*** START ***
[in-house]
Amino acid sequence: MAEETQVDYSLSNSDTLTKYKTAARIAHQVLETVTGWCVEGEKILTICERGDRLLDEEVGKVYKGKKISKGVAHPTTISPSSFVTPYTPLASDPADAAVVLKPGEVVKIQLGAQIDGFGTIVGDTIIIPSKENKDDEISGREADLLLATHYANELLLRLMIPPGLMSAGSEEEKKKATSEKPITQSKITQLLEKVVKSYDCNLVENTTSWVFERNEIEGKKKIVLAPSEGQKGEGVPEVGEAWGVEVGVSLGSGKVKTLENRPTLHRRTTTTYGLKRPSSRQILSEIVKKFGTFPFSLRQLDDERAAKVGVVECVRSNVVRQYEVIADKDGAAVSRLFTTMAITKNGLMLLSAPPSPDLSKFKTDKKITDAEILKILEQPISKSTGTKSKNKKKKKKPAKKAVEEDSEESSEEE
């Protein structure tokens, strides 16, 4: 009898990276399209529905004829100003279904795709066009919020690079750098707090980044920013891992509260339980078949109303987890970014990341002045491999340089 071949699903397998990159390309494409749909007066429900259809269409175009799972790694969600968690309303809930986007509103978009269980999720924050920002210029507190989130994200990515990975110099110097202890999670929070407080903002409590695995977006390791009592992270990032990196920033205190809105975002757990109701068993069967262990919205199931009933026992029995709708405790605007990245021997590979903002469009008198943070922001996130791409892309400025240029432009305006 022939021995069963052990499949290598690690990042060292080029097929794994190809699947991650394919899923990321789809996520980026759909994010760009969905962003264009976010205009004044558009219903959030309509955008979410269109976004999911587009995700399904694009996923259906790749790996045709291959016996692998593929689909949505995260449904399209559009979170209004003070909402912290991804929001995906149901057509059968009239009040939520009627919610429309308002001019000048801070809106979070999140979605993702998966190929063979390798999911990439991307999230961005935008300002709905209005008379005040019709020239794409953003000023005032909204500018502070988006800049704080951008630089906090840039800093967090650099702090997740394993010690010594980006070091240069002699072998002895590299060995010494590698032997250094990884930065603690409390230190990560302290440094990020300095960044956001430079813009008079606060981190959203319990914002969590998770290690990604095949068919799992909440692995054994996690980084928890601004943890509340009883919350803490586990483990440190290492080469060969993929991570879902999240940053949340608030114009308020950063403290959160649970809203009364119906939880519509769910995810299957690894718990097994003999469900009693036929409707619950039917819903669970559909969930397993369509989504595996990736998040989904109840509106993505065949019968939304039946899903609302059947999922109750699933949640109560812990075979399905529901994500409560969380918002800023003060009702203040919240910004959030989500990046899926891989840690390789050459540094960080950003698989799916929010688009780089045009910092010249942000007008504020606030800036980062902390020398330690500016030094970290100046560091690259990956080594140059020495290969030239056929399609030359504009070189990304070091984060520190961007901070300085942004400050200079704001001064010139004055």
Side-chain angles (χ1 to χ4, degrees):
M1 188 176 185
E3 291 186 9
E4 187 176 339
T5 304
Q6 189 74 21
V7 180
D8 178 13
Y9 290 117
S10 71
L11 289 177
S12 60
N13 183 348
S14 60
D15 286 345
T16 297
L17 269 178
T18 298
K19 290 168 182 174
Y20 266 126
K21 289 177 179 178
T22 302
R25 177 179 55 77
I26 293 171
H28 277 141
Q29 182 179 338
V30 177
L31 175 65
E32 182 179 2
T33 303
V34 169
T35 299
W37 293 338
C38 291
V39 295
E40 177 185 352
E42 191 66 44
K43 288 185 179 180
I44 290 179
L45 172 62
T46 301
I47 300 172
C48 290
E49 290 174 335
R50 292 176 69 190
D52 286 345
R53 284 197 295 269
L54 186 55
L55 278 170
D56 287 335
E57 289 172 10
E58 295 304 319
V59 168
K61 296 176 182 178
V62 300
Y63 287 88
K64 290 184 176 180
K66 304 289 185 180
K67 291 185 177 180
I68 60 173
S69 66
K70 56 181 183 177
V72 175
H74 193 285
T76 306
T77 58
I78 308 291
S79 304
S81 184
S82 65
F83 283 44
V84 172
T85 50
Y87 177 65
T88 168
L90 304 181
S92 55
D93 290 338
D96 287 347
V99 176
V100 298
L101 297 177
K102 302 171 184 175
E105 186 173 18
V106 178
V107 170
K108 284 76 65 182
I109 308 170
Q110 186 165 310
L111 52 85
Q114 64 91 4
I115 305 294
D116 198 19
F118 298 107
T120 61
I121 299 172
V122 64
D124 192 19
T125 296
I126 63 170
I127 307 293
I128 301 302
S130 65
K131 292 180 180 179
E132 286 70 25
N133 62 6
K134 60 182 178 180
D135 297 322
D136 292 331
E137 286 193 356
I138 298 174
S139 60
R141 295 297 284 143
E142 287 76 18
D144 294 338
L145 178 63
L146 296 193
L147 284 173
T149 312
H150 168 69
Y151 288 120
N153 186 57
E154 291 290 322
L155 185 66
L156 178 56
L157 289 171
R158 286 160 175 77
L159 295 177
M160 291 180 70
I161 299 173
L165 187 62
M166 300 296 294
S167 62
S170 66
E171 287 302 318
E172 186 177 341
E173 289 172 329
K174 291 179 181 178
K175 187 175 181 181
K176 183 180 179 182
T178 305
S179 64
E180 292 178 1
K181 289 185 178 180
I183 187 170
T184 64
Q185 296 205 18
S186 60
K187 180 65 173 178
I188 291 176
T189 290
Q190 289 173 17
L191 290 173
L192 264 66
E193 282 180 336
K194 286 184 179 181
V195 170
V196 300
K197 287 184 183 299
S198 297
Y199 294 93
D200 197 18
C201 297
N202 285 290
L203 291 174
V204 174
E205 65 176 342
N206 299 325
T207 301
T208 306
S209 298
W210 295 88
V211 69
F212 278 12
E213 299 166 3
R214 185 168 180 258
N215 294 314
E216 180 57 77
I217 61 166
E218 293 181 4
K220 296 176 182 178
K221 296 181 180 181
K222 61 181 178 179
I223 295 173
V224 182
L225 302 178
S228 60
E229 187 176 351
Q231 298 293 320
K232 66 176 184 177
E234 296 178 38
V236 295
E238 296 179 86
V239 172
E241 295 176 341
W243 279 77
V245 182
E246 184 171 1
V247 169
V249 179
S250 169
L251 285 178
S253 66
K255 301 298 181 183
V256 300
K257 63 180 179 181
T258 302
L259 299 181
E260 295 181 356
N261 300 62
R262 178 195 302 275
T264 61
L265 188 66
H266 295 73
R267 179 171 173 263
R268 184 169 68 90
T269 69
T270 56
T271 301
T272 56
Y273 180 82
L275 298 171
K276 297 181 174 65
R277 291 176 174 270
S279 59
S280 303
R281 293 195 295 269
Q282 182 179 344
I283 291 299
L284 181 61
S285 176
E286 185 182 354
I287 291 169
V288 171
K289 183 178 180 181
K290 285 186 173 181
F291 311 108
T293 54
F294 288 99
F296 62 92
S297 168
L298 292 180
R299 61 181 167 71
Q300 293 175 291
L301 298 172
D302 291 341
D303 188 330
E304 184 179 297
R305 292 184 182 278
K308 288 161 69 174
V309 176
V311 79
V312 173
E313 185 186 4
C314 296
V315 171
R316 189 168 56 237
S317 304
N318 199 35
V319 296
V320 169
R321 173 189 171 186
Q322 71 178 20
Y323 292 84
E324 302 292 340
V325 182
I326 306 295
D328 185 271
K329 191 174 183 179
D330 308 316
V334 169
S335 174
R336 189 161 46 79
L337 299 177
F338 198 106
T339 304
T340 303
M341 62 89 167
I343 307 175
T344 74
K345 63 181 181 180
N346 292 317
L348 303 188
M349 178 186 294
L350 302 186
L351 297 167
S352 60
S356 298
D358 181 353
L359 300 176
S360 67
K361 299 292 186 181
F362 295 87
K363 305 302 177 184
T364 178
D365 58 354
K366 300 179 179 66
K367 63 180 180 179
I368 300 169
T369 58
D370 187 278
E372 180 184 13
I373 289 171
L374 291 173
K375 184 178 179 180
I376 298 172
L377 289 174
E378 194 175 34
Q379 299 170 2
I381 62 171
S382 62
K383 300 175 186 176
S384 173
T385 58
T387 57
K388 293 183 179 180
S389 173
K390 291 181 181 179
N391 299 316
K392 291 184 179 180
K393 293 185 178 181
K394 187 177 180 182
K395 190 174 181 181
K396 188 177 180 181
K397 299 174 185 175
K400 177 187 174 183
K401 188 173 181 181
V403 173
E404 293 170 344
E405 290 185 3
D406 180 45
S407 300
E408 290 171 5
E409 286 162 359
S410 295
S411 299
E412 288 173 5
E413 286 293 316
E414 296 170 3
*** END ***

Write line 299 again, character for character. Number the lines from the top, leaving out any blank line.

D365 58 354